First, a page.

When both Theseus and Pirithoi were widowed, they decided together to find new wives, and they had to be daughters of Zeus himself. At that time Theseus was already an old man: Gellanicus writes that he was about fifty years old. The friends first went to Lacedaemonium to fetch Helen, who was famous for her beauty, the daughter of Zeus by the local queen Leda, wife of King Tyndareus. According to Gellanicus, the girl was then seven years old, according to Diodorus of Sicily - ten, and according to Pseudo-Apollodorus - twelve. The heroes kidnapped Helen when she was offering sacrifices in the temple of Artemis and took her to Attica, evading pursuit (the Spartans chased them to Tegea). On their way they drew lots, having sworn to each other that the stolen girl would be wed to the victor and that the latter would help his friend get his own wife. Theseus' lot fell out. According to other reports, it was originally assumed that he would get Helen.
According to the classical version of the myth, the friends left the kidnapped girl in the Attic village of Athens under the care of Theseus' mother Ephra and Pirithoi's sister Physadia. Theseus did not want to take Helen to his capital to avoid the displeasure of the Athenians, who feared a quarrel with Helen's brothers Dioscurus; besides, the abductee could not yet marry because of her age. The author of the scholia to Apollonius of Rhodes writes that Helen was left in Tresenes, in the homeland of Theseus. An inscription on one ancient vase says that the girl was taken to Corinth and then to Athens, but according to the Second Vatican Mythographer, she ended up in Egypt. Some ancient authors write that there was no kidnapping: Tyndareus himself placed his daughter under the protection of Theseus, fearing that she would be captured by Enarephoros, son of Hippocreonte. According to another version, Helen was kidnapped by the Apharetides, who asked Theseus to protect the girl.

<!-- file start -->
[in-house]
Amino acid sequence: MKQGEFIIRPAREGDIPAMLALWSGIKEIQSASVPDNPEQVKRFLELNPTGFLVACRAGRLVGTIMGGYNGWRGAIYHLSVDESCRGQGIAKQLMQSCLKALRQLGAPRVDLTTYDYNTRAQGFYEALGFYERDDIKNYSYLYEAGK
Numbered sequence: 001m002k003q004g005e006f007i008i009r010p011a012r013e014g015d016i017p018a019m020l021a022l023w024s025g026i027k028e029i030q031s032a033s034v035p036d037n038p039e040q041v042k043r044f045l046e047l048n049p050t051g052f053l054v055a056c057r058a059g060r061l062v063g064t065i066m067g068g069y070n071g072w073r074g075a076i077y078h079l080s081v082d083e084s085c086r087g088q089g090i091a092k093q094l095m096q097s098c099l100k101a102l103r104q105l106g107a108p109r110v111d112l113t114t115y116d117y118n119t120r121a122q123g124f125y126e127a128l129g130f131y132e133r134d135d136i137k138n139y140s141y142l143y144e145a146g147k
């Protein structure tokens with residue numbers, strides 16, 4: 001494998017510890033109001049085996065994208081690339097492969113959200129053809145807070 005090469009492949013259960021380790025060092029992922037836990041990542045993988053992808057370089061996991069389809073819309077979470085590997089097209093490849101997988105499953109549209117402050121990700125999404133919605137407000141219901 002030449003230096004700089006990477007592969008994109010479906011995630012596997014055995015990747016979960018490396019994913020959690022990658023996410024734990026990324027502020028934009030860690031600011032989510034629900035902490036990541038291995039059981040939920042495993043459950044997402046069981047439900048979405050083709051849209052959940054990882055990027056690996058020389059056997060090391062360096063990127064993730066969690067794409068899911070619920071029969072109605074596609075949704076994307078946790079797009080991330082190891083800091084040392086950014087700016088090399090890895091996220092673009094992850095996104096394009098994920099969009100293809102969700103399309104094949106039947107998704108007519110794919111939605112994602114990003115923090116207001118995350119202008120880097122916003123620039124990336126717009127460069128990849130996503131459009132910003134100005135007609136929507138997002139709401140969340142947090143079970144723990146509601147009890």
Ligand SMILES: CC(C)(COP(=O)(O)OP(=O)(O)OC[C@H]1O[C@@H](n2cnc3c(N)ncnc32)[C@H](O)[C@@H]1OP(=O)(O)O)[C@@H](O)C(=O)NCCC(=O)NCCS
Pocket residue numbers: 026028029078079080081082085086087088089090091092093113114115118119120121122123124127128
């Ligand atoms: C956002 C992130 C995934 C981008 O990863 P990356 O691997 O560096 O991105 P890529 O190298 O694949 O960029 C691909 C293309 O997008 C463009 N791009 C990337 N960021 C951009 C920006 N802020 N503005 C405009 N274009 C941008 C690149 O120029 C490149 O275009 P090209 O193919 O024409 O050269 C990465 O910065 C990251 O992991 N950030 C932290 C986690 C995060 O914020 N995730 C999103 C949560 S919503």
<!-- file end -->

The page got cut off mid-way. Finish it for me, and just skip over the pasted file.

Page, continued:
According to one of the alternative versions of the myth, expounded in particular by Isocrates and Lucian, there was no original agreement between the two heroes to kidnap the daughters of Zeus. Theseus accidentally saw Helen during a trip to Lacedaemon and fell in love with her; realizing that Tyndareus would not agree to the marriage because the princess was still too young, he decided to kidnap the girl. Pirithoi volunteered to help him. According to Diodorus of Sicily, this was the beginning of the friendship of the heroes, and Theseus agreed to take part in the kidnapping of Zeus' second daughter not because of an oath, but only as a sign of gratitude.
Going to the Afterlife
Now the heroes needed to get another daughter of a god for Pirithoi. No one was found on earth, so Pirithaus suggested they go to the netherworld to kidnap Persephone, Zeus' daughter from Demeter and Hades' wife. Theseus tried to dissuade his friend, but, bound by the treaty, was forced to yield. The heroes descended into the realm of the dead either in Attica, at the foot of a rock, or at Cape Tenar in Laconica, or in Argolida. The kidnapping failed: Hades deceived Pirithoi and Theseus by offering them to sit on the throne of Lethe, to which they immediately grew attached. Thus, held by dragons, the heroes spent a long time (according to Seneca, four years.